Expression of Blood Cells Associated CD Markers and Cardiovascular Diseases

Clinical Applications in Prognosis

Habib Haybar, MD; Masumeh Maleki Behzad, MSc; Saeid Shahrabi, PhD; Narges Ansari, MD; Najmaldin Saki, PhD

Disclosures

Lab Med. 2020;51(2):122-142. 

In This Article

Abstract and Introduction

Abstract

Background: Cardiovascular diseases (CVDs) are a major cause of mortality worldwide. The results of various studies have shown that abnormality in the frequency and function of blood cells can be involved in CVD complications. In this review, we have focused on abnormalities in the expression of the CD (cluster of differentiation) markers of blood cells to assess the association of these abnormalities with CVD prognosis.

Methods: We identified the relevant literature through a PubMed search (1990–2018) of English-language articles using the terms "Cardiovascular diseases", "CD markers", "leukocytes", "platelets", and "endothelial cells".

Results: There is a variety of mechanisms for the effect of CD-marker expressions on CVDs prognosis, ranging from proinflammatory processes to dysfunctional effects in blood cells.

Conclusion: Considering the possible effects of CD-marker expression on CVDs prognosis, particularly prognosis of acute myocardial infarction and atherosclerosis, long-term studies in large cohorts are required to identify the prognostic value of CD markers and to target them with appropriate therapeutic agents.

Introduction

A variety of causes can be implicated in the progression of cardiovascular diseases (CVDs), which are a range of diseases involving the heart and blood vessels.[1] Atherosclerosis, abdominal aortic aneurysm (AAA), acute myocardial infarction (AMI), pulmonary arterial hypertension (PAH), postischemic neovascularization, stable angina pectoris (SAP), unstable angina pectoris (UAP), myocarditis, dilated cardiomyopathy, and heart failure are the most common CVDs affecting the cardiovascular system.[2] Many factors have been introduced as risk factors for the onset and progression of CVDs, including physiological and environmental conditions such as sex, age, familial medical history, hypertension, smoking status, hypercholesterolemia, and underlying diseases.[3] Also, the results of several recent studies, including a study by Madjid et al,[4] have reported an association between blood cells, such as white blood cells (WBCs), platelets, and endothelial cells (ECs), with increased incidence of CVDs. In addition, Dragu et al[5] showed that the increase in neutrophils, monocytes, and lymphocytes had a close correlation with rising mortality rates in CVDs. Moreover, platelet dysfunction and ECs damage have been shown[6] to play an essential role in the pathogenesis of CVDs. Considering that the accumulation of inflammatory cells and the secretion of inflammatory cytokines are major factors of CVDs initiation and development, the changes in frequency and function of these cells seem to be among the fundamental causes of thrombosis formation, inflammation initiation, and imbalanced homeostasis in CVDs.[7]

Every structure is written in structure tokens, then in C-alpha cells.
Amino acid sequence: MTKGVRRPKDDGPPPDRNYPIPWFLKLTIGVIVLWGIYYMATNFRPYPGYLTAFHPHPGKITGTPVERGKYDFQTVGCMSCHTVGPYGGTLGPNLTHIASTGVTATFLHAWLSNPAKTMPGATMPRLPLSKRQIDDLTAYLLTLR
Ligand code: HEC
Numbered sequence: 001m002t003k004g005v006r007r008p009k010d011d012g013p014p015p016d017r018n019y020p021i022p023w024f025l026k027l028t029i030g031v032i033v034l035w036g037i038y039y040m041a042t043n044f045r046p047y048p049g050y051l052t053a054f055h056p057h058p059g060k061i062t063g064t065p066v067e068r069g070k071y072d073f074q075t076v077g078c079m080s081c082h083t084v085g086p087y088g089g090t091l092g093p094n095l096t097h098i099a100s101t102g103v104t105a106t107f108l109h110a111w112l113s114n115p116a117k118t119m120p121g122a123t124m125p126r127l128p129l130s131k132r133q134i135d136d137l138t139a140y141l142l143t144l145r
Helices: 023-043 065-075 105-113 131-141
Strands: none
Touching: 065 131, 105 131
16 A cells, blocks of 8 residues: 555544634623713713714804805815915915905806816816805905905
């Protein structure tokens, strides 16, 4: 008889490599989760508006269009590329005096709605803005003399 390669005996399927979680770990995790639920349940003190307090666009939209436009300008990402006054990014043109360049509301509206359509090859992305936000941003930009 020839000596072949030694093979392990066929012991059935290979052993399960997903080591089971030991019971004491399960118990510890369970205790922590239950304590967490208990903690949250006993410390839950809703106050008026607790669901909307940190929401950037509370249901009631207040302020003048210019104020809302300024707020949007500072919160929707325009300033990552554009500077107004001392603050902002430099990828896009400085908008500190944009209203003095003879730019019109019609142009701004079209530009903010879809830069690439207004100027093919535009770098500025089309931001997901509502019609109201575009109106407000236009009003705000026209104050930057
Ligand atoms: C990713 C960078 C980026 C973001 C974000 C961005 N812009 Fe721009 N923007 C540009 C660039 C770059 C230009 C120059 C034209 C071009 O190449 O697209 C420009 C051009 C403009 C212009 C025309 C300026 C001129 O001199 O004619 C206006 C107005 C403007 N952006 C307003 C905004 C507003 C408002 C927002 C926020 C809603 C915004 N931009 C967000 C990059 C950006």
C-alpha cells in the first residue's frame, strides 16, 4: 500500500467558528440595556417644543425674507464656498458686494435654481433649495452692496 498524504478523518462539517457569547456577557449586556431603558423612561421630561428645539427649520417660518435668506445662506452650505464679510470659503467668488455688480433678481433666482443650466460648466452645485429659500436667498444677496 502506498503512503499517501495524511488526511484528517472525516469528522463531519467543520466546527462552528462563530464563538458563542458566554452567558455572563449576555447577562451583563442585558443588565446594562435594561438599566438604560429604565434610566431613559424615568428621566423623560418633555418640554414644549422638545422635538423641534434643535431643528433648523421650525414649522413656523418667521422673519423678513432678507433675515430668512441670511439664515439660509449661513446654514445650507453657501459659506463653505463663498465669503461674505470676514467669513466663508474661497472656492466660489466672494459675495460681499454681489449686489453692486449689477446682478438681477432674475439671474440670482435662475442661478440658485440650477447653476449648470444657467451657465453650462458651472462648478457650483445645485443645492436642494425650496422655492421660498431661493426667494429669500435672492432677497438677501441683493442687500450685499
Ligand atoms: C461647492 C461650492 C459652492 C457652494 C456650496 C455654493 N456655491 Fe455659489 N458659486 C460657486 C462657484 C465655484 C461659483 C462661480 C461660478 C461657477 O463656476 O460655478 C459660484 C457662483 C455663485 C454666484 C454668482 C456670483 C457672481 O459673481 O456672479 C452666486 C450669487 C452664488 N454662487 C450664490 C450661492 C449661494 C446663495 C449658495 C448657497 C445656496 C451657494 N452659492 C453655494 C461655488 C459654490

Although significant progress has been made in recent decades concerning the relationship between the frequency of different blood cells with pathogenesis and prognosis of CVDs, few studies, to our knowledge, have focused on independent prognostic roles of the expression of CD (cluster of differentiation) markers in these cells, with respect to CVD risk and outcomes. Considering that the alteration of expression of CD markers reflects changes in the frequency and function of cells, we present a review of the effect of changing expressions of CD markers on different circulating blood cells, as well as the mechanisms associated with these changes, which can affect the progression and prognosis of CVDs.

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